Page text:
A New Model Alternative Certification Program For HS
Dan MacIsaac, Department of Physics, The
State University of New York (SUNY)-Buffalo State College,
222 Science Bldg, 1300 Elmwood Ave, Buffalo NY 14222. E-mail: firstname.lastname@example.org
Zawicki, Department of Earth Science and Science Education, SUNY-Buffalo State
Kathleen Falconer, Department
of Elementary Education and Reading, SUNY-Buffalo
David Henry, Department
of Elementary Education and Reading, SUNY-Buffalo State College
Beery, Department of Physics, SUNY-Buffalo State College.
Please direct correspondence regarding this manuscript to the first
author. Portions of this manuscript were published as MacIsaac, Zawicki,
Henry, Beery &
Falconer (2004). J. Phys Tchr Ed Online, 2(2), Nov2004, 10-16, <http://www.phy.ilstu.edu/jpteo/>.
We describe the development and deployment of a
model graduate level alternative certification program for physics teachers
at SUNY- Buffalo State College. The Masters of Science Education (Physics
with NYSED Transitional B Certification) program accommodates science
and engineering professionals with appropriate bachelors degrees who wish
to change career paths into physics teaching. The alternative certification
program is distinctive in that candidates minimize their income disruption
and bypass student teaching through an intensive full time Spring-Summer
introductory component leading to NYSED Transitional B Certification, followed
by paid, mentored teaching employment and evening coursework for two calendar
years. This alternative certification program is made possible through intensive
physics teachers' summer academy courses, supplemented by regular semester
evening course and online offerings. Courses are shared with a second new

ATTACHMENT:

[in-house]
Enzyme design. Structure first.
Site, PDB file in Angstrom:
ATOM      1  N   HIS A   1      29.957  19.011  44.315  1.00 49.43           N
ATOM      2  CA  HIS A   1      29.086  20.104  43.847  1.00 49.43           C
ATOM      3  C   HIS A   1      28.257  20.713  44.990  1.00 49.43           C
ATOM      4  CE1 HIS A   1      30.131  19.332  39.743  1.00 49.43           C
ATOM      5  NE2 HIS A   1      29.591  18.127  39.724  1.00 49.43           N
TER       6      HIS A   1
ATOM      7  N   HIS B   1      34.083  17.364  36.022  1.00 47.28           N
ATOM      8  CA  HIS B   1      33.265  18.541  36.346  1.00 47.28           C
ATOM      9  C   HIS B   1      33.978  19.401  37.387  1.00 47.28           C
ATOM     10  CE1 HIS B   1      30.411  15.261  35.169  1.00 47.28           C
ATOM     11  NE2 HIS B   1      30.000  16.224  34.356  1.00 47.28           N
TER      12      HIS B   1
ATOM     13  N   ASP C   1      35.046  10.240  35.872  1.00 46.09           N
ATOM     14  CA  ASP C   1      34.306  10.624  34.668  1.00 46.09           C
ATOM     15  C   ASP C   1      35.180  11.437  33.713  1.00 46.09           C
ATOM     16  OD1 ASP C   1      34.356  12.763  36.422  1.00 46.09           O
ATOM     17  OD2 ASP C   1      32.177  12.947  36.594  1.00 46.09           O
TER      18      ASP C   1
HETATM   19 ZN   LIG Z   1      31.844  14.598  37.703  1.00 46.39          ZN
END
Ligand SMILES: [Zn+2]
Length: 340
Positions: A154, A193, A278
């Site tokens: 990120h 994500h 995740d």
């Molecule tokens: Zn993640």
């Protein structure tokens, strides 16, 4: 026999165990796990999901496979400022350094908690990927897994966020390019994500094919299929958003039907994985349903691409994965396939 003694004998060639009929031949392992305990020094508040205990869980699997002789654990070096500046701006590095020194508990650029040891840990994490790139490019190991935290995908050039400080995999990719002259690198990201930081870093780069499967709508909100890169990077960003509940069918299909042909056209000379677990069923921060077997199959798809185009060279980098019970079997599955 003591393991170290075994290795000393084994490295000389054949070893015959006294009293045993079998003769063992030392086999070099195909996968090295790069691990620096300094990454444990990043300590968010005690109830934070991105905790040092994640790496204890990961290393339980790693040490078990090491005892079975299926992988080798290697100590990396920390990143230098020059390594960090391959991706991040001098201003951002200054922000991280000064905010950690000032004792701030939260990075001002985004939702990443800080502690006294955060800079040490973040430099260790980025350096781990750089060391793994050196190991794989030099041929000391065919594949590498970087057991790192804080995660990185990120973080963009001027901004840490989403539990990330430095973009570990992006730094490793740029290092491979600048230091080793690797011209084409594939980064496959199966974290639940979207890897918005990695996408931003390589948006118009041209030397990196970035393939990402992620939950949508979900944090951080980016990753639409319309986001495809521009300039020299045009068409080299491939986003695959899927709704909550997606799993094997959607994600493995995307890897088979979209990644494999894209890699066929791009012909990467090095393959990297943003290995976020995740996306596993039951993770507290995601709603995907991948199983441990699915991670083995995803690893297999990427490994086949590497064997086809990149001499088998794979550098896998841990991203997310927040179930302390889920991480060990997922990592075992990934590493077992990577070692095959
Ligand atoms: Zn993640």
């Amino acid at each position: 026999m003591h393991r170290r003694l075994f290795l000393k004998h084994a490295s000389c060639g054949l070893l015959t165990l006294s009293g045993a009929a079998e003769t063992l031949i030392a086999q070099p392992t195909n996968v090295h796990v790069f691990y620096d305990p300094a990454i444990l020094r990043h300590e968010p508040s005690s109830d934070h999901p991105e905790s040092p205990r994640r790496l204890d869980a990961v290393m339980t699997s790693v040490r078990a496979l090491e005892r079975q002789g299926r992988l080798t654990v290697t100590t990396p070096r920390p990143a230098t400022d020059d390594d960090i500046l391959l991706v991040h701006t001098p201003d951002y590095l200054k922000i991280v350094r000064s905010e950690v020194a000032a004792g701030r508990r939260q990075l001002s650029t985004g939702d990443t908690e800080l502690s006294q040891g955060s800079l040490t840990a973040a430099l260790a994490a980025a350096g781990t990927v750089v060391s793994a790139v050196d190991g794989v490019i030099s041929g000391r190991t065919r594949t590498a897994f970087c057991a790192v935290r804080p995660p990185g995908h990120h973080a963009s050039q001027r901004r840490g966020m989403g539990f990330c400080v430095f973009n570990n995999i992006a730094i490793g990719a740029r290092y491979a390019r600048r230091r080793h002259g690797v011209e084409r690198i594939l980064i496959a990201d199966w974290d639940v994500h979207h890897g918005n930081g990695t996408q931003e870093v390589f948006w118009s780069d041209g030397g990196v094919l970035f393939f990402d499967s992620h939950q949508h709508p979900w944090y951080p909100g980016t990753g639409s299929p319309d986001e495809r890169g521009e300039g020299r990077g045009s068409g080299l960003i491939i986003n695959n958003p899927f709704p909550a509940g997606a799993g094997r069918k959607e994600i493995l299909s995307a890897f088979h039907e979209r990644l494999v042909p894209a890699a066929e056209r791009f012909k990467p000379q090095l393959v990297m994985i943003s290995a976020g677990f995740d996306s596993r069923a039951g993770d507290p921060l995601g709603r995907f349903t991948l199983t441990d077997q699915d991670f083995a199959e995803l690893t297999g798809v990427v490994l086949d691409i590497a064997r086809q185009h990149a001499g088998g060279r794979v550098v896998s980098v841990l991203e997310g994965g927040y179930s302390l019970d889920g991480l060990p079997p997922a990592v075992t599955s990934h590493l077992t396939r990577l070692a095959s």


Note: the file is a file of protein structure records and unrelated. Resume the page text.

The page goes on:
program - the Masters of Science Education (Physics), which serves
already certified science teachers (usually in subjects other than physics)
who wish to obtain a master's degree for permanent teacher certification
and usually teacher certification in a second discipline -- physics.
Alternative Teacher Certification
Alternative certification refers to a teacher certification
program that differs from standard college programs of teacher preparation,
usually by avoiding the extended guided field experience of student teaching. Alternative
certification is frequently insufficiently discriminated with emergency certification,
which usually refers to a complete waiver of any teacher preparation to obtain
a teacher who is otherwise unavailable. Other certification routes intermediate
to these exist, particularly individual (transcript) evaluation in NY.
problematic, alternative certification programs can be done well, and can
provide a viable pathway to physics teacher preparation. Alternative certification
program candidates bring uniquely attractive backgrounds and interests
to address needs for under-represented teachers sought by schools. Alternative
certification programs can address needs not adequately met by traditional
Overview of the Two Buffalo State College M.S.Ed.
(Physics) programs are summarized in Figure 2. Admissions require
either current NYSED secondary science certification (the right hand side
of Figure 2), or for alternative certification (the left hand side of Figure
2), a bachelor's degree meeting NYSED language and content requirements
for physics certification, and successful completion of the NYSED state
teacher competency examinations (LAST and the Physics Content Subject Test)
required for physics teacher certification. Certified participants do
not have to take any additional education courses or workshops, unlike
alternative certification candidates who must take an early field experience
and some education courses before they can be awarded the Transitional
B certification and can accept classroom employment.
Alternative certification candidates typically
complete their initial employment requirements through full-time enrollment
in the spring semester, followed by an intensive summer academy, then teach
the following school year under Transitional B certification under both SUNY-
Buffalo State College Physics mentorship and an intense LEA induction program.
Alternative certification candidates can be in the classroom employed as